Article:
Notes from the Field: Women Are Voiceover’s Last Taboo

By | 2018-07-04T18:41:17+00:00 March 16th, 2018|Blog|

  As a woman in voice acting, I’ve been blessed to participate in some extraordinary career opportunities. When I look back on my career, however, I can’t help but recognize that it wasn’t the high profile bookings for global brands that fulfilled me, nor was it the occasional big payday. Save for a few extraordinary humanitarian projects that stole my heart, the actual hundreds of jobs are mostly a blur, a collage of product names.

What does stands out are personalities and faces of the extraordinary people I’ve worked with along the way. The collaboration with some of the best directors, producers, writers, and voiceover actors in the business, is what wins the day. Yet, as a woman in voice acting, I am keenly aware of the industry’s limitations when it comes to our equal advancement.

I’ve always had the basic requirements for a successful career: interpretive skills, a resonant vocal instrument, performance range, acting technique, dedicated work ethic, and a pleasant way with people. But I’m rarely appreciated as having the “Voice of God,” a term that refers to a deep, authoritative, bigger-than-life, rumbling (almost always male) voice advertisers believe to be the key factor in capturing the attention, confidence, and respect of the average consumer. Once upon a time, to reach the highest level of success in this industry, you had to be a man with the “Voice of God.”

It goes without saying that our society has a patriarchal idea of “God” that long precedes audio recording. Never mind the fact that many of us can vividly recall the power of our own mothers’ voices to make us sit up straight and take note. Never mind that many families rely on the mother as the primary source of discipline and nurturing. Still, however defective the premise, the “voice of God” as a man is a deeply intrinsic aspect of our culture. As a result, the choice to use women in voiceover is influenced by this defective social conditioning.

Based on this conditioning, the most lucrative VO contracts continue to go to men. Even when women are the final decision makers, they opt for the characteristics of the male voice that align with the intrinsic premise that God is a male entity.

While Michelle Obama, Meryl Streep, Mother Teresa, Hillary Clinton, Oprah Winfrey, Elizabeth Warren and thousands of heroines have paved the way to gender enlightenment, professionals in the advertising world choose not to see it. A prominent TV executive once told me that his network president (a woman) looked him straight in the face and said, with great managerial brio, “I think our network voice should be male. I’m very sexist when it comes to that.”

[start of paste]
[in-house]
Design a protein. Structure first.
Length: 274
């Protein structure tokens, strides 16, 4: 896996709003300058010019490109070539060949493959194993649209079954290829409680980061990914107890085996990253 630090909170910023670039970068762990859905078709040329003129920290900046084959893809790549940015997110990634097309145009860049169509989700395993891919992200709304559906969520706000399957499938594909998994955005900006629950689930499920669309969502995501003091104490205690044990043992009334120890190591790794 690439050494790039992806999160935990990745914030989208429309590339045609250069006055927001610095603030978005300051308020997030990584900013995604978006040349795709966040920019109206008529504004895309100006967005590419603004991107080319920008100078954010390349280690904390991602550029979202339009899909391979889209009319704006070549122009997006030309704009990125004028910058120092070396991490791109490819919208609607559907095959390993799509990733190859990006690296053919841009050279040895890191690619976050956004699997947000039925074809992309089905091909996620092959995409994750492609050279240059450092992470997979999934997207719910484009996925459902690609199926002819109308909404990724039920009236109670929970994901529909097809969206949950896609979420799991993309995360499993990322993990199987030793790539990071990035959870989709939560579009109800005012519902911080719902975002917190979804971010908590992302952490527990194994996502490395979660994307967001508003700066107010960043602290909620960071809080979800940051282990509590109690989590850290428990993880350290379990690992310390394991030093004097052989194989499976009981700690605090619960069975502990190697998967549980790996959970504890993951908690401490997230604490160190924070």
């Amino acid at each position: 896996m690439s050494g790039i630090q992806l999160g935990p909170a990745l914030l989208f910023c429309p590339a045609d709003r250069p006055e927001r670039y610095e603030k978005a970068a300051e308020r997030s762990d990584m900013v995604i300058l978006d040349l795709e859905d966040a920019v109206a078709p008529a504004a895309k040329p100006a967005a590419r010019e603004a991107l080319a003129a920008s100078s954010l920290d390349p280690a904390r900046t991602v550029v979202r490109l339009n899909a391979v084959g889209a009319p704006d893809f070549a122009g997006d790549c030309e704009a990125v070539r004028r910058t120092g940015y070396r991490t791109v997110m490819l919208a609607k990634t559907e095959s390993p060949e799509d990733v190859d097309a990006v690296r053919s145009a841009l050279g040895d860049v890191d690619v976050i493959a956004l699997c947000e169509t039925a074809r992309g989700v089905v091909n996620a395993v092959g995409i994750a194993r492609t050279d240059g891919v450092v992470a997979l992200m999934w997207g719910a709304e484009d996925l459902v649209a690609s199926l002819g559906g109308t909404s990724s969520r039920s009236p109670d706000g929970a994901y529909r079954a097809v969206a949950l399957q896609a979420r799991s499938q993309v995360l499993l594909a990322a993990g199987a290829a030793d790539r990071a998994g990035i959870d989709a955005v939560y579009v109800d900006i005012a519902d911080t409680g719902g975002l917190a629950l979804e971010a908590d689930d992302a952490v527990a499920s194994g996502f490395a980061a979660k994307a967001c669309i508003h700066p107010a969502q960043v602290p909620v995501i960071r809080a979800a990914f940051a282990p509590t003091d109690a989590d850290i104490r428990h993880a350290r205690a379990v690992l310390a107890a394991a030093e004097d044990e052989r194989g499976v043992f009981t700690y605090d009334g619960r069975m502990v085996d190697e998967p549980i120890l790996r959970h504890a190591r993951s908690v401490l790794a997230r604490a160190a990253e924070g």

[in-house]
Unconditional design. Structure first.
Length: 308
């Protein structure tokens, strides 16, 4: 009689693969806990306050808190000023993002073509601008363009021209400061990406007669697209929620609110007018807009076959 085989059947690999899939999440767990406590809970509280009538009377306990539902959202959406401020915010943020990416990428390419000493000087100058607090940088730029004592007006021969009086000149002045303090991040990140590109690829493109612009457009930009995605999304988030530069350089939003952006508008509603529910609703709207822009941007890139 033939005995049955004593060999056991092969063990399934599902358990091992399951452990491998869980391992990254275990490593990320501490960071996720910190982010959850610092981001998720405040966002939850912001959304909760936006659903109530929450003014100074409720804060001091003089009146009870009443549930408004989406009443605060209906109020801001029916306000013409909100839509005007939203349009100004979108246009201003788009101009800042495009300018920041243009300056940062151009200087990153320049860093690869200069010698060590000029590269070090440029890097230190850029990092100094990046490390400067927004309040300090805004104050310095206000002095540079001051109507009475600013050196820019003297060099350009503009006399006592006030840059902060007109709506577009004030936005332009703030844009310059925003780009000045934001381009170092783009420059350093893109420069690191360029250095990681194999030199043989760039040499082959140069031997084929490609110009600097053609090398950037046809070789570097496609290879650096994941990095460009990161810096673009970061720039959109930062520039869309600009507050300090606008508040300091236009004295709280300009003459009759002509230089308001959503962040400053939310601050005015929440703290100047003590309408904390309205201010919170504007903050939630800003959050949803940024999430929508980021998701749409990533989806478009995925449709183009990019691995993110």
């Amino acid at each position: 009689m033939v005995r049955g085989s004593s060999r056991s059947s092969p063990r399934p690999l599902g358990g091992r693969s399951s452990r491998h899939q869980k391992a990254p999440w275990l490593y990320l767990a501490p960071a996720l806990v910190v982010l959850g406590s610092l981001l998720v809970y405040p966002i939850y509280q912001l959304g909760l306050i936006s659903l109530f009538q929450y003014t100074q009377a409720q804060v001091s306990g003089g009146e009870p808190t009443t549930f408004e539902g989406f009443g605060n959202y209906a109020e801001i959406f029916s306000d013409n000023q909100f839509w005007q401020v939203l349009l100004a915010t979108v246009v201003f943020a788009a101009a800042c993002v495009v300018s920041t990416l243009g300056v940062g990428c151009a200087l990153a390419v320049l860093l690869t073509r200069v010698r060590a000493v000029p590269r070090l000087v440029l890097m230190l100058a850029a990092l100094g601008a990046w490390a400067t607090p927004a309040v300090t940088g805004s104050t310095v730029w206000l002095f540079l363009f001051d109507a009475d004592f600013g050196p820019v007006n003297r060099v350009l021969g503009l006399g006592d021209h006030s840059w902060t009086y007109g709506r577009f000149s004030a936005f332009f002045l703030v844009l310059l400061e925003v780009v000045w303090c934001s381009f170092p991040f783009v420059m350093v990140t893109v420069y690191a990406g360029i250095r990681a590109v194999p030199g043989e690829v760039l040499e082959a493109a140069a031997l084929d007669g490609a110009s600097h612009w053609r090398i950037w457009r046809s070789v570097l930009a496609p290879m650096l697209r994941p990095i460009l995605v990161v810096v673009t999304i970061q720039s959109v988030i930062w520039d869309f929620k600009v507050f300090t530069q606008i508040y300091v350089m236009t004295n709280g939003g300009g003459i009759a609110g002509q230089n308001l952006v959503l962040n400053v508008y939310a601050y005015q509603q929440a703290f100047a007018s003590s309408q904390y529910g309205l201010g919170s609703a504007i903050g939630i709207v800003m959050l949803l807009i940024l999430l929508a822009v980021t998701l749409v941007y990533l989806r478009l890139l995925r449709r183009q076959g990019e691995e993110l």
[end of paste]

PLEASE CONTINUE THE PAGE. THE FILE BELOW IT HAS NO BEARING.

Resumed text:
In spite of industry insiders who are unwittingly forwarding the archaic assumption of the “voice of God” as male, the reality is a different matter. Unenlightened executives point to focus groups showing a preference for male voices over female voices but what these executives fail to recognize is that they’re making a false comparison: it doesn’t compensate for the social indoctrination that preceded it. A more honest assessment would be to ask random people to recall a time when they rejected a product because it was pitched by a woman. The answer will undoubtedly be “never.”

All of us in the industry have the opportunity to discard our biases against female voices, challenge the old voice of God assumptions, and look upon all voice actors with open minds. It’s not a matter of forcing an even split between men and women; that would be as arbitrary as forcing painters to uses equal amounts of all colors in their paintings. All I’m asking is that we do what we can to eliminate the thorn of bias and let the chips fall where they may.

As I said earlier, things are slowly changing. Advertisers are getting smarter about what people want, how they want it, and who they want to hear it from. It’s a slow evolution, but it can be seen emerging as women land roles of mastery, leadership, power, and responsibility.

Of course, the voice of God is not gender-specific. In my opinion, the concept is light years beyond the anatomy that produces the tambour of male and female voices. If we want to use “voice of God” as a term, it has to be metaphoric: a voice that moves mountains with the authority of heart, mind, and spirit. It’s the stuff of life, energy, and inspiration. Babies have it when they cry out, long before they can form words. When a baby cries out, you are absolutely compelled to give it your undivided attention. It wakes something up inside you that can’t be appeased, except through your attendance to its call.

This is the genderless power of the human voice. It’s bigger than voice acting, but as far as voice acting goes, producers and actors need to catch up to this reality and act accordingly.

Joan Baker is a voice actor, voiceover coach, and the author of “Secrets of Voice-Over Success.” She provides private voiceover coaching for newcomers and pros in her New York office and via Skype. Joan is also the co-creator of the Society of Voice Arts and Sciences (SOVAS™), a nonprofit that produces global programs and events to forward education, job creation, and award acknowledgment for the voiceover industry. That’s Voiceover!™ Career Expo and the Voice Arts® Awards are the organization’s premier events. Learn more at www.ThatsVoiceover.com and www.VoiceArts.orgFollow Joan on TwitterInstagram, and Facebook.